Here's a story of a lobster rite of growing up—molting—brought to you by guest blogger and volunteer Daire Gaj.
What do you do if you're a lobster and you're growing too big for your shell? Climb out of your shell and grow a new one! That's what one of our lobsters behind the scenes did a couple of weeks ago.
Scroll through these pictures to see how molting happens!
A lobster will undergo many molts in the process of growing up. It's not often that we get to see a lobster molt, though Anita Kim caught it on video back in 2009.
Anita, manager of the Aquarium lobster lab, has watched hundreds of lobsters grow up. She says that lobsters will molt most frequently when they are young, approximately once every two weeks. As they grow older, their growth slows and they may molt once a month. The oldest lobsters will molt once every few years. How long can they continue? Anita says their natural lifespan is unknown. With a tree, you can measure its age by counting the rings in its trunk; with a fish you can count the rings in its ear bones, but lobsters offer no visible indicator of age. It's possible they may be able to reach a hundred years or more.
Lobsters have an advantage when it comes to longevity, because they can regenerate body parts when they molt. “It's like getting a fresh start,” Anita says. This lobster was in the process of regrowing lost claws when it molted. You can see one of its partially grown claws in this photo from early in the process.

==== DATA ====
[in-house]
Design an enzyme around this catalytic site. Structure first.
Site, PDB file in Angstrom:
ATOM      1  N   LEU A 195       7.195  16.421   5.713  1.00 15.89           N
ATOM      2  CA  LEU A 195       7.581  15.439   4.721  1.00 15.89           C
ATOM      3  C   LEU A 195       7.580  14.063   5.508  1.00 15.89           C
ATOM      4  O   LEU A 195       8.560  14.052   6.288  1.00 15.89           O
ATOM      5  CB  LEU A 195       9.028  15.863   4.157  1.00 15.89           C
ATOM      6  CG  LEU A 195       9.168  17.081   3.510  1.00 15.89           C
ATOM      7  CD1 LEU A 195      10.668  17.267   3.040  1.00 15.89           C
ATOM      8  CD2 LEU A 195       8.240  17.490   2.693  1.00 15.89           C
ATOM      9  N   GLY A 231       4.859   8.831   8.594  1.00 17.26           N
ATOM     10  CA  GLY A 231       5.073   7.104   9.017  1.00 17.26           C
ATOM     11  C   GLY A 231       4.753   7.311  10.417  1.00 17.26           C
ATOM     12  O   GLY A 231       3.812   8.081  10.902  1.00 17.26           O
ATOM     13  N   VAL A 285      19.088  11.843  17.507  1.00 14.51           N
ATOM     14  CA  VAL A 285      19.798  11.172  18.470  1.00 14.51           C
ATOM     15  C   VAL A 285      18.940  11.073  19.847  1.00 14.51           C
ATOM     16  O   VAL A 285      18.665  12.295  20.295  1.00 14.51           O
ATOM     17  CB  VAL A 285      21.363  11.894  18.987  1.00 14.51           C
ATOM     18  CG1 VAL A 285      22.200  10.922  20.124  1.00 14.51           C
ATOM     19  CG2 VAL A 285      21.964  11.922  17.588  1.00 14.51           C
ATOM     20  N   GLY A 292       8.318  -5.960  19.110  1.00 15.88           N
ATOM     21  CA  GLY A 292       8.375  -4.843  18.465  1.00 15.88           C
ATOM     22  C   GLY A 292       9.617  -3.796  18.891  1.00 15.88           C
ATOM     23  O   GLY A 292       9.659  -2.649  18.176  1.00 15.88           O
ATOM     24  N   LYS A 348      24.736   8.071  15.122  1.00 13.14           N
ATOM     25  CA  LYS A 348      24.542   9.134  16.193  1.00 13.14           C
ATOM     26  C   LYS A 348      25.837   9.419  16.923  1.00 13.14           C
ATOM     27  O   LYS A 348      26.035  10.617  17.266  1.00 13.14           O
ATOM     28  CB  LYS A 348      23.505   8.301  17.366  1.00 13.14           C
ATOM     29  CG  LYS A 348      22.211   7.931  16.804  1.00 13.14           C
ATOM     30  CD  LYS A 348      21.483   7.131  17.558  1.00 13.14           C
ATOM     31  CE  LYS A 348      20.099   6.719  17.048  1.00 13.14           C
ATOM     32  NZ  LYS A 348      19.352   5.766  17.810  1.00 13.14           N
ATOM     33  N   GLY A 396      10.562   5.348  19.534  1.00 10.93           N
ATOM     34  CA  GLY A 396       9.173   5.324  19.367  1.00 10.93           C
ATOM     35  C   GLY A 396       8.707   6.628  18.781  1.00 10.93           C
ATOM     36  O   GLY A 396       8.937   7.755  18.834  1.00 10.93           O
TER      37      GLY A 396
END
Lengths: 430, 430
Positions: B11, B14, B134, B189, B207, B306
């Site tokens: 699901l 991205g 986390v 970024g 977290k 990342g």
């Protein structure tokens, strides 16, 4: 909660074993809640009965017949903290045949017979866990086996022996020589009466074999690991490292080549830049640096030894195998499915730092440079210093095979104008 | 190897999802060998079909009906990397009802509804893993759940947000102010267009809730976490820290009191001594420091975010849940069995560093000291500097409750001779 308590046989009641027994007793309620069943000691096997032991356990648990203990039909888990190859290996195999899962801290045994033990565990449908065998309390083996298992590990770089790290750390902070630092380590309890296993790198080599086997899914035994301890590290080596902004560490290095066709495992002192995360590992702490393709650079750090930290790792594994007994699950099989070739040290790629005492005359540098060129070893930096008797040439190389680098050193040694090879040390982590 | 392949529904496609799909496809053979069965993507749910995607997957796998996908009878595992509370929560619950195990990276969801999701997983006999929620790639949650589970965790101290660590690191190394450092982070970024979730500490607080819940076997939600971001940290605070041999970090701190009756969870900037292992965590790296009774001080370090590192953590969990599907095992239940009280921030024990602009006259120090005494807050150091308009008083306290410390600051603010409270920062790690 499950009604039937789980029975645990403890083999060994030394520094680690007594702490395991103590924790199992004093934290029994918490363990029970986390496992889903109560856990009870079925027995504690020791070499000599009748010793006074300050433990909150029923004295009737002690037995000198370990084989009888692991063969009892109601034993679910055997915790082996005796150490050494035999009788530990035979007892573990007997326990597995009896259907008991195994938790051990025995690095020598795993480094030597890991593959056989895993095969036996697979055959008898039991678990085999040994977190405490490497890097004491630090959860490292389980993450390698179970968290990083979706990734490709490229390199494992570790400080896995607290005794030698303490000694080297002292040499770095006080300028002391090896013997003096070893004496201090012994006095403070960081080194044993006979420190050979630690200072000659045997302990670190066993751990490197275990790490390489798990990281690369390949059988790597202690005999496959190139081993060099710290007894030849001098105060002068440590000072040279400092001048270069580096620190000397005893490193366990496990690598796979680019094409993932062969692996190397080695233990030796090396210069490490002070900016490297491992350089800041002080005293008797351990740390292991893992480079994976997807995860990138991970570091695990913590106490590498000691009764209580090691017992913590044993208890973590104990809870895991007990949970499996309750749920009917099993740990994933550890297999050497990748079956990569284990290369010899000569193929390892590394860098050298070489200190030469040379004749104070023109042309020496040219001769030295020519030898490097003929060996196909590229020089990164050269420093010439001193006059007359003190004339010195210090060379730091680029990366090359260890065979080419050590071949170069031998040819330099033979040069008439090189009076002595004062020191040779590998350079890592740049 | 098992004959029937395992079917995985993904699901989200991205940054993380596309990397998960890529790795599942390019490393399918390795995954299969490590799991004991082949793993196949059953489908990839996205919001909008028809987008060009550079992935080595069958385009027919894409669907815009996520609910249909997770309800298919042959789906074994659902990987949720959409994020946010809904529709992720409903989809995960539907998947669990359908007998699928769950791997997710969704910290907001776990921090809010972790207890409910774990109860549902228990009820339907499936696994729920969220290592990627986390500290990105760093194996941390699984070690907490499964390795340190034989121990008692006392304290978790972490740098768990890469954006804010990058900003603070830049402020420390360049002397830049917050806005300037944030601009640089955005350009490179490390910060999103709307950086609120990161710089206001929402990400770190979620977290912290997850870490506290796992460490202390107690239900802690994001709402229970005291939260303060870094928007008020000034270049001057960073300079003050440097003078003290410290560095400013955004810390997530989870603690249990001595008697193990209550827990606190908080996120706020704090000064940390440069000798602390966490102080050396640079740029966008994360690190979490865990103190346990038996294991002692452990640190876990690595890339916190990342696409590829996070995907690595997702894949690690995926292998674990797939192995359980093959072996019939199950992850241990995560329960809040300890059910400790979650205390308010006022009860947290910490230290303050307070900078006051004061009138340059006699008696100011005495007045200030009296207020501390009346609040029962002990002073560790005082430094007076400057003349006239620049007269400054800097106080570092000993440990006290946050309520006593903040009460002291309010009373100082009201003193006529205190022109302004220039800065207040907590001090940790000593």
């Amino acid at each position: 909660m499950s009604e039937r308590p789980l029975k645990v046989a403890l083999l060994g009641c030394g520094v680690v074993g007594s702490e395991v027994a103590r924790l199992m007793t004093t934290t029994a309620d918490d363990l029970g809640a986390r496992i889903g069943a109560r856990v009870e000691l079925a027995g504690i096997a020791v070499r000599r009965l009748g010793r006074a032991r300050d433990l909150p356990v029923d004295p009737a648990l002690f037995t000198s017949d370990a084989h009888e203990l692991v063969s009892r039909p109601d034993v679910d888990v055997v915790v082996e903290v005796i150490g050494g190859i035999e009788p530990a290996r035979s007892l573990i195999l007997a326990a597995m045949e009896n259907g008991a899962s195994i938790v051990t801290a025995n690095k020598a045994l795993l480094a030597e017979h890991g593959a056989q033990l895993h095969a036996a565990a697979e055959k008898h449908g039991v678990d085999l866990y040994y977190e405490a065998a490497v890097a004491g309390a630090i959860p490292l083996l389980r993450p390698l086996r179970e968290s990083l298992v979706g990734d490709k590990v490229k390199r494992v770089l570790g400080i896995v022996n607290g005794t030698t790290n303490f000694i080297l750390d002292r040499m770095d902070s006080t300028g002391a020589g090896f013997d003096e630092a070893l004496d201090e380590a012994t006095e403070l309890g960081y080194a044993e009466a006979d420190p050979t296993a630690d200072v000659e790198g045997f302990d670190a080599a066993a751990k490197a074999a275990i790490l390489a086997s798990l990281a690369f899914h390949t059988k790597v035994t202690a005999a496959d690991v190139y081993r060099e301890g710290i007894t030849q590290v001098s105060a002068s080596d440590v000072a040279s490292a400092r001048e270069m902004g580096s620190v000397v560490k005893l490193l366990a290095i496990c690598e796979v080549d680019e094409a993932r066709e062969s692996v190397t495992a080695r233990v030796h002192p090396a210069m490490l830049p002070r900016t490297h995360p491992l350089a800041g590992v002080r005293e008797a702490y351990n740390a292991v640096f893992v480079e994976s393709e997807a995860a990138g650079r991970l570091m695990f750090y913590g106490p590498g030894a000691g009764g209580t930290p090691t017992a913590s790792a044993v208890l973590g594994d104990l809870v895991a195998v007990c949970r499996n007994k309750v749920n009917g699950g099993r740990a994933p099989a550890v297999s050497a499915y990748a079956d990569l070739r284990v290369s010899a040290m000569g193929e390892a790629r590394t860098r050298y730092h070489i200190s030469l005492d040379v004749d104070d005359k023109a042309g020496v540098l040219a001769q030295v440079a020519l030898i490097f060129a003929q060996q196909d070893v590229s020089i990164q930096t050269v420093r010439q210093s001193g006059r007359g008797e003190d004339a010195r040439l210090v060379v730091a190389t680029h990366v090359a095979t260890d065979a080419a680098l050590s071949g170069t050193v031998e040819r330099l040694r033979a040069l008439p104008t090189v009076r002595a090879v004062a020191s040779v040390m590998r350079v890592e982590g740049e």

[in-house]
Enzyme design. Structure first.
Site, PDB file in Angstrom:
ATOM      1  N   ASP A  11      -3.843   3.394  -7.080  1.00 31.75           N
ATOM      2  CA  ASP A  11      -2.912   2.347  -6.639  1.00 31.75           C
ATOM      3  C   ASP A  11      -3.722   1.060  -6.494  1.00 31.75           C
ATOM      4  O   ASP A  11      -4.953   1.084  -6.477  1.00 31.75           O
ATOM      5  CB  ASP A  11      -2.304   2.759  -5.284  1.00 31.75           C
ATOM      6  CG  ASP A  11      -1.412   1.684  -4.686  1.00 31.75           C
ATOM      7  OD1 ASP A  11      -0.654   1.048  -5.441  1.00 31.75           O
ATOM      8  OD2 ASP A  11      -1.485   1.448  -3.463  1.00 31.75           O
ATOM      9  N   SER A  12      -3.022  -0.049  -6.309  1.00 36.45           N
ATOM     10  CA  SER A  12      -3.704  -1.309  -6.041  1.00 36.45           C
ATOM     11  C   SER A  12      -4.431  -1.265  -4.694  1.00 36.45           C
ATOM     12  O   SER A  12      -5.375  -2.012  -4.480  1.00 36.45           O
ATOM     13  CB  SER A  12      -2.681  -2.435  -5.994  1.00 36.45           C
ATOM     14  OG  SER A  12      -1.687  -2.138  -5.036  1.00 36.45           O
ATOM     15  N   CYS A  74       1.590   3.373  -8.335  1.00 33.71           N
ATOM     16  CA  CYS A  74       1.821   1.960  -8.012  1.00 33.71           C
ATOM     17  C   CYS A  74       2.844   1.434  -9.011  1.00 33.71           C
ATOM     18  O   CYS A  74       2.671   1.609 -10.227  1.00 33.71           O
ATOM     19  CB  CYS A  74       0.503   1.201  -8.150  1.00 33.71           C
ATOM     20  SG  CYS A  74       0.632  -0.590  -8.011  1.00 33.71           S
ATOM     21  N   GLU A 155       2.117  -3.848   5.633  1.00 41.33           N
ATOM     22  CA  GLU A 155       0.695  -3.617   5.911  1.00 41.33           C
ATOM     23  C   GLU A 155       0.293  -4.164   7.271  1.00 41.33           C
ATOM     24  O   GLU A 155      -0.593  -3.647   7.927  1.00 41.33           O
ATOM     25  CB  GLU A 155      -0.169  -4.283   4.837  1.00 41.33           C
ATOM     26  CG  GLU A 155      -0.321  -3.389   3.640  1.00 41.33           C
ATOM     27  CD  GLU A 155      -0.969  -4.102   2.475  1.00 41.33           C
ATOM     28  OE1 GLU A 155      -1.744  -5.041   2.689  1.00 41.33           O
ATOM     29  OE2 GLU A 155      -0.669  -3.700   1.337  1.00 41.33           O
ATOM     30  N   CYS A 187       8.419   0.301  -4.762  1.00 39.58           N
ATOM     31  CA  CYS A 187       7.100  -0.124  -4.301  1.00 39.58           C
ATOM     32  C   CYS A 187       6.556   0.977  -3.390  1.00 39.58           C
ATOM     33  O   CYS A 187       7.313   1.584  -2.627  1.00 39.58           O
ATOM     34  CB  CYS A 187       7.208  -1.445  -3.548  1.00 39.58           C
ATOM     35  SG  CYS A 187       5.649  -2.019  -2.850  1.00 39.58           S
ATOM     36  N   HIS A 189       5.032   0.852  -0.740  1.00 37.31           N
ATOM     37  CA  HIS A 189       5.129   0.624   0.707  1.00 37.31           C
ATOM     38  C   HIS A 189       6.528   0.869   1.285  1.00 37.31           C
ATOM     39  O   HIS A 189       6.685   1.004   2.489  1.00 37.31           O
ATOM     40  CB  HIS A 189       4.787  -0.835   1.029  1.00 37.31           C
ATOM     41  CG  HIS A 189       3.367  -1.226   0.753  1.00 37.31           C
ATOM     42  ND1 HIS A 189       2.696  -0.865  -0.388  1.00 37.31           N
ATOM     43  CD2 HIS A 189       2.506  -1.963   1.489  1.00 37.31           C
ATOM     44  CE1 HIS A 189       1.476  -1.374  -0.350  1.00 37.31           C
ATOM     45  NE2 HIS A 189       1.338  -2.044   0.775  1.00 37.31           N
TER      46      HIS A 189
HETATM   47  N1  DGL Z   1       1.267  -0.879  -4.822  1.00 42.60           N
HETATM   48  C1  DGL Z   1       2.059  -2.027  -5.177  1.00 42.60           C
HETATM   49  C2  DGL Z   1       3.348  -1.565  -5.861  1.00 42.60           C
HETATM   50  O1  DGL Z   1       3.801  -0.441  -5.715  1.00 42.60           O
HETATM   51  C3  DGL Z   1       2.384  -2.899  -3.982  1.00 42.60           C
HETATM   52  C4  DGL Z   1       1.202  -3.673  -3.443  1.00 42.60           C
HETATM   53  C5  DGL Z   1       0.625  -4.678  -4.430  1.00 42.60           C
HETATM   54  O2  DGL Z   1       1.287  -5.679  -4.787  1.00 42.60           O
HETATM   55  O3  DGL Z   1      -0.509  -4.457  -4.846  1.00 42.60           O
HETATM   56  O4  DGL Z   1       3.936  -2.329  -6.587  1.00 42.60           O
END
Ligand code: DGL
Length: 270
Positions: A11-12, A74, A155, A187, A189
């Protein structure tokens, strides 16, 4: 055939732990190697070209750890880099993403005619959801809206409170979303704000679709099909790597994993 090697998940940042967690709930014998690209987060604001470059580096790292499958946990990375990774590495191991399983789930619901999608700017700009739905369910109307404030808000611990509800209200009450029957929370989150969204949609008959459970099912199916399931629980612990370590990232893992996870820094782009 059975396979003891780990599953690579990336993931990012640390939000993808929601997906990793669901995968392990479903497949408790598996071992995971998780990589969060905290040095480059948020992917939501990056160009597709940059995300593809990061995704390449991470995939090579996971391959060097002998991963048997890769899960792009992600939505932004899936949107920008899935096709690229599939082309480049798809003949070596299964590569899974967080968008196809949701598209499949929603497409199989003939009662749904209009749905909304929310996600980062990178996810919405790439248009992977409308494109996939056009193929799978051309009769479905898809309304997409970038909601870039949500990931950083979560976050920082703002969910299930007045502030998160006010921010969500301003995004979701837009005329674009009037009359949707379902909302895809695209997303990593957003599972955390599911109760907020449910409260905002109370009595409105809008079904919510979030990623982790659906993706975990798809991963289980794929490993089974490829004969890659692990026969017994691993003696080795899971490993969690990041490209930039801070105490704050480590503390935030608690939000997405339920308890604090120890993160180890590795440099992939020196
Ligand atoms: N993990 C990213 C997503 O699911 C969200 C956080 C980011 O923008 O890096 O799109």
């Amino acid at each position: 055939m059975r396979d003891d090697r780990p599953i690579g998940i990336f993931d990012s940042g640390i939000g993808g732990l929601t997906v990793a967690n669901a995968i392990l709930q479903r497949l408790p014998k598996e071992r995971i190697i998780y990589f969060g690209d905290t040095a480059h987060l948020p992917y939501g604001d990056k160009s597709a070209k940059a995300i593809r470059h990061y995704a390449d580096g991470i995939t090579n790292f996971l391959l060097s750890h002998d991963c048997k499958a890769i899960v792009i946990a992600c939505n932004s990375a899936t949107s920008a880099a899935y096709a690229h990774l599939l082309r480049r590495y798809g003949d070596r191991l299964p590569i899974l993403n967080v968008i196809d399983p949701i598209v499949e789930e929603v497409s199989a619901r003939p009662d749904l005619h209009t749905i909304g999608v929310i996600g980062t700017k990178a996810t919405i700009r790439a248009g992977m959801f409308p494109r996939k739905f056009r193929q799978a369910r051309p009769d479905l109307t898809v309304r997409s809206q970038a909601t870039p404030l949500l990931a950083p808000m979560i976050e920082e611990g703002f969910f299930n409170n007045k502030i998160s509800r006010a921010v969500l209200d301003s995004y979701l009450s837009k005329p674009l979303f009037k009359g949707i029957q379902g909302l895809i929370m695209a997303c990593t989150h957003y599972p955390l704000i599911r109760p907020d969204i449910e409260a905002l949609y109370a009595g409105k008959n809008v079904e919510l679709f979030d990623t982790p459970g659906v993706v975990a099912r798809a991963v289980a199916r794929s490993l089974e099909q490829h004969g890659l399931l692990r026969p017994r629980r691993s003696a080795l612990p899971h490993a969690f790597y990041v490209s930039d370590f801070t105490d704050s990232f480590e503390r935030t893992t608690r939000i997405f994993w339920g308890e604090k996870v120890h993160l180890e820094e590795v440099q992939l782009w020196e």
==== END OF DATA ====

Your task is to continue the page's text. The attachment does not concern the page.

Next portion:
|The highlighted version shows where the tiny regrown claw was|
Sadly this lobster is now clawless again. It appears the molt did not go perfectly, and the lobster had to leave its claws inside the exoskeleton. Anita says it will happen from time to time that lobsters eject their claws while molting. “The claws are typically the difficult part,” she says, picking up a model of a lobster, and pointing to the complicated joints in the feeding claws. So imagine trying to take off a pair of tight-fitting gloves, both at the same time.
The good news is that it will have plenty of time to grow its claws again. While its brothers and sisters in the open ocean are using their claws to break open mollusks, this lobster will be getting chopped shrimp delivered via room service in its home behind the scenes.
And if you think that's cool, you might be interested in this video of a juvenile lobster molting behind the scenes in our lobster research lab!
|Juvenile lobster in the nursery|
See lobsters like this juvenile at the Aquarium's lobster nursery! Imagine how many molts are ahead of this little guy. Plan a visit today.